Remember to adapt. Remember to modify. Above all, remember to keep trying.

For more on adapting your approach, visit How to Help Others.

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  1. My uncle started me on genealogy when I was 15 and I never put it down since I have done my Mother’s family,, my maternal grandfather’s family, my dad’s family and paternal grandmother’s family is what I am doing now.

  2. Thank you for keeping this very simple. Please keep youngsters away from the merge duplicates process, and even attaching sources needs a good deal of attention, care, and knowledge of the family.

  3. A veces para los abuelos, se nos hace difícil, transmitir distintos conocimientos a nuestros nietos. Como bien dice el blog, es esencial comenzar por sus padres.

    Translation: Sometimes for grandparents, we find it difficult to transmit different knowledge to our grandchildren. As the blog says, it is essential to start with your parents.

  4. While I’m grateful someone finally created a blog post to help 11-yr-olds, I have an unanswered question. I’m quite surprised no one has ever addressed this in a help file or blog. Every help file and every blog that mentions youth (and I do mean EVERY one of them) fail to discuss how they establish an account. Every last bit of advice brushes immediately past this important step and assumes that each 11-yr-old already has a FamilySearch account or they would have the parents or other adults help them obtain an account.

    Most adults who wish to establish an account for their 11 year olds will want someone to answer their obvious questions: “Will the youth need an email address?”, “If the parent doesn’t want them to have an email address, what steps need to be taken to use the parent’s email address?”, “Can consultants help youth with the youth’s Family Tree problems in the same way they help adults (such as adding the youth to their Planner via Helper Resources)?”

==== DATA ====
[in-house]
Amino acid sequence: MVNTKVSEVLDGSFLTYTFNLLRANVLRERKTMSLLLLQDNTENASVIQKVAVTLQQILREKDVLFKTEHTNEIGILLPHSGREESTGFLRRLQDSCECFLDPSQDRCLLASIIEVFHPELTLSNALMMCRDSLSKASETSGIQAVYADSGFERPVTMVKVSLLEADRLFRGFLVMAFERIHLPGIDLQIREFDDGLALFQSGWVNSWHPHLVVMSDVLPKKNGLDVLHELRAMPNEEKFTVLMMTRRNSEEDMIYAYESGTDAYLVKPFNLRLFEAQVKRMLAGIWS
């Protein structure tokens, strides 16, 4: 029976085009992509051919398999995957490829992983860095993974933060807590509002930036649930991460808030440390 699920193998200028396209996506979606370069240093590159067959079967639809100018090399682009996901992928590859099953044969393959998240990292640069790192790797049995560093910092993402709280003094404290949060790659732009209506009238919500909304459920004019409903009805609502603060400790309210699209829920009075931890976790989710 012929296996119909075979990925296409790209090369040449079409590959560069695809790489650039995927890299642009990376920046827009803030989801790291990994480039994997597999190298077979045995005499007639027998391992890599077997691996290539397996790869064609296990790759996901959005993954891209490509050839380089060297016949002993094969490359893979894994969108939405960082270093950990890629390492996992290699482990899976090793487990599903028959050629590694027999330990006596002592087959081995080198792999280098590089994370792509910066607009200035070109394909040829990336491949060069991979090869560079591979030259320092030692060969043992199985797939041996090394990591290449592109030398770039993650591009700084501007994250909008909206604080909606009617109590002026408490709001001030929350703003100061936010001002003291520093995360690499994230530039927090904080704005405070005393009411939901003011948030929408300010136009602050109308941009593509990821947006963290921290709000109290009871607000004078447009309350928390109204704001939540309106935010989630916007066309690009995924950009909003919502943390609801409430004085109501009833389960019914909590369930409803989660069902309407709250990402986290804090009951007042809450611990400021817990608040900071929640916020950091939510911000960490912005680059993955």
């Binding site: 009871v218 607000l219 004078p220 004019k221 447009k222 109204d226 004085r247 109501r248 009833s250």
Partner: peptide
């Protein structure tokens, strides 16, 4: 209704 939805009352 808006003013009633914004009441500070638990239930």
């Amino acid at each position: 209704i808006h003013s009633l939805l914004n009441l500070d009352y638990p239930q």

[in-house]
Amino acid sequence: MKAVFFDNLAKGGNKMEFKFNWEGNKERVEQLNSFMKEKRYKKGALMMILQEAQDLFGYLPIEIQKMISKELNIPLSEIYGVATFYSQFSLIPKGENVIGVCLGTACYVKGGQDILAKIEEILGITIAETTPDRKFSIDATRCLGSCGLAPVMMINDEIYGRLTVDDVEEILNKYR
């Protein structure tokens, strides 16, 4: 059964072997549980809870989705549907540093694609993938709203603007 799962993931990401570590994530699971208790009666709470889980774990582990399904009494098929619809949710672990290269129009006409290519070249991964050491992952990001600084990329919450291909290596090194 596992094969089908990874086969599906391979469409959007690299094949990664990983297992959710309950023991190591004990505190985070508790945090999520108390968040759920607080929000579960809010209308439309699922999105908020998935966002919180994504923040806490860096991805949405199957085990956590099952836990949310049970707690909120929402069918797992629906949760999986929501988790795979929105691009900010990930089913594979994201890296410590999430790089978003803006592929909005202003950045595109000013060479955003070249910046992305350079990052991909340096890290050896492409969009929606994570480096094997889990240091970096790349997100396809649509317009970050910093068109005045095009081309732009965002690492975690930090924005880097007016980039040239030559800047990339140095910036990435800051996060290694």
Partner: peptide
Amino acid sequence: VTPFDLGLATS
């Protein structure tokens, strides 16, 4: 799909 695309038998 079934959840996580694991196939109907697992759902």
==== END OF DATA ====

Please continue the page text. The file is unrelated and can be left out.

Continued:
I’m personally afraid to offer my help to any parent or urge any youth to get an account for fear they’ll immediate ask one of these questions for which I don’t know the answer. Furthermore, my exhaustive search to find answers to such question or guides to help 11-yr-olds obtain a FamilySearch account have proved fruitless. Adults I’ve spoken with who signed up their 11-yr-olds tell me there’s a form that must be completed by the parents.

    How do we find out more about these things or find answers to these questions without bugging the missionaries or full-time employees at (such as calling the toll-free number)? Besides, when I approach them with such difficult questions I get a different answer from every person I ask. Are there any FamilySearch employees who care to give us an “official” answer to these questions or, better yet, create a help file on how to sign-up 11-yr olds and tells us how to access it? Also, what about younger children? What’s the lower age limit of children who want to research their family history and is their sign-up process different? What’s the lowest age limit of those who can have an account?